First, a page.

By Kim Baldwin @kimraybaldwin
As my family is in the depths of the fall harvest season, the landscape all around us is beginning its annual preparation for winter. The colors surrounding our farm have begun their yearly transition and serve as a visual reminder that we have entered a new season: fall.
It’s as if overnight the leaves on the trees have yellowed, the morning air has become crisp, the sun sets earlier, the moon rises sooner and the fall crops around us continue drying down.
The sights in town are reflections of this annual transition as well. The gorgeous mums now being prominently displayed at a greenhouse, the bright orange pumpkins lining the sidewalks at the grocery store, the newly posted signs advertising the latest seasonal coffee flavor and the school-aged children wearing sweatshirts or light jackets to school in the morning all serve as proof that fall has arrived.
As we continue our fall harvest — while also sowing wheat — it’s easy to overlook these seasonal changes. While we hurry to move equipment to the next field, scurry out the door with meals to deliver to the crew or drive the kids out to the combine operator for goodnight kisses, it is possible to miss this annual transition while driving down the dirt roads on a mission. Nonetheless, the changes are occurring.
It seems like it was only days ago that the Monarch butterflies briefly made a pit-stop in our area while migrating south. The Monarchs seem to have left, continuing their journey south.
It seems like it was only days ago that my mother-in-law and I were planning our harvest meals menu, noting options needed to be cool and refreshing for the crew. We now discuss options that will warm them up.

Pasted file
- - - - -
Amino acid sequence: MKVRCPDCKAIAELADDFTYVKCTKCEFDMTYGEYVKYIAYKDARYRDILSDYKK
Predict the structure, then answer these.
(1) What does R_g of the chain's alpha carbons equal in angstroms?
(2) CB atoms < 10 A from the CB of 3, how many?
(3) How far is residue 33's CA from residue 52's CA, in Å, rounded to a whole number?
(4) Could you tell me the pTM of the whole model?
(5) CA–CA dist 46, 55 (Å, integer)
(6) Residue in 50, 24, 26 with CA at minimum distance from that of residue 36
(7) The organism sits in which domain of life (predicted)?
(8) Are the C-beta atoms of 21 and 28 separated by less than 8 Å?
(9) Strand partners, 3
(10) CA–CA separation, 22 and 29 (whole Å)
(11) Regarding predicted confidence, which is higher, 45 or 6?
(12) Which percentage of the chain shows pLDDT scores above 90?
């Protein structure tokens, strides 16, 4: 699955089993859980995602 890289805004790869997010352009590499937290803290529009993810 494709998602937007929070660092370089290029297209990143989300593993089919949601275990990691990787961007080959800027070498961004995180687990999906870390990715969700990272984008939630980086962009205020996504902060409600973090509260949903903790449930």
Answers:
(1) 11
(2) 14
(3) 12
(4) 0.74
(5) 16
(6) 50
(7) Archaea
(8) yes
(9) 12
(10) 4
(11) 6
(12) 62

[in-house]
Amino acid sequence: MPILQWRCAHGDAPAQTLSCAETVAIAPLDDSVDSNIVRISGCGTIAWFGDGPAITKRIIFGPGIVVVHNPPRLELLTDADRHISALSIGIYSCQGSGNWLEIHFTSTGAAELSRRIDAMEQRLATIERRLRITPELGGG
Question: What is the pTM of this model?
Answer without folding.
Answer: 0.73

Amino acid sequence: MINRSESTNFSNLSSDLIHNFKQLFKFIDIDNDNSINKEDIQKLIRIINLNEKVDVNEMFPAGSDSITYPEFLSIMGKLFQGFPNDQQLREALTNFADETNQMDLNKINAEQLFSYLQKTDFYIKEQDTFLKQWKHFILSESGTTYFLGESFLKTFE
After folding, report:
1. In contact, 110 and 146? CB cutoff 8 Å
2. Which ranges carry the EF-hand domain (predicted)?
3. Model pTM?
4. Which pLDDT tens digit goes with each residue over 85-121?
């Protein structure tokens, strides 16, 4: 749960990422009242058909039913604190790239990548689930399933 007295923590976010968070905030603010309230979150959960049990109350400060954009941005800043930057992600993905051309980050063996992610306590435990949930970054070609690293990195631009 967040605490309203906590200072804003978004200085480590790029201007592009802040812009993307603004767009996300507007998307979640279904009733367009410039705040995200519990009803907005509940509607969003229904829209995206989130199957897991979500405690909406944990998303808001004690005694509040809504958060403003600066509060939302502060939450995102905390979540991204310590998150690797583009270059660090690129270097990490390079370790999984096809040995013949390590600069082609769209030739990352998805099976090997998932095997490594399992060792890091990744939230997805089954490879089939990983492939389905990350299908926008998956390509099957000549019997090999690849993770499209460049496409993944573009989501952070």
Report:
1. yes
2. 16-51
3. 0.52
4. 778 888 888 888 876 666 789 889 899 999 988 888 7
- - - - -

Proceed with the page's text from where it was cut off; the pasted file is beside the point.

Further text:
It seems like it was only days ago that the air conditioner was running to cool us down, whereas now we contemplate turning on the seat warmer every morning when climbing into a vehicle.
It seems like it was only days ago that we’d go to sleep with open windows and the sounds of crickets and frogs. We now wake up with extra blankets wrapped around us.
While I try to make mental notes of these changes daily — hoping I can bottle up this season — I realize I’m only missing things once they no longer occur. I’ll tell myself that I have to be ready next year to see or smell or taste or hear an element of fall I missed. It happens every year. And every year I tell myself that I must be ready because it always seems like overnight it immediately becomes fall.
Kim Baldwin is a farmer and Farm Bureau member in Kansas. She is a past president of her county Farm Bureau (McPherson) and current board member. This column was originally published as a Kansas Farm Bureau Insight column.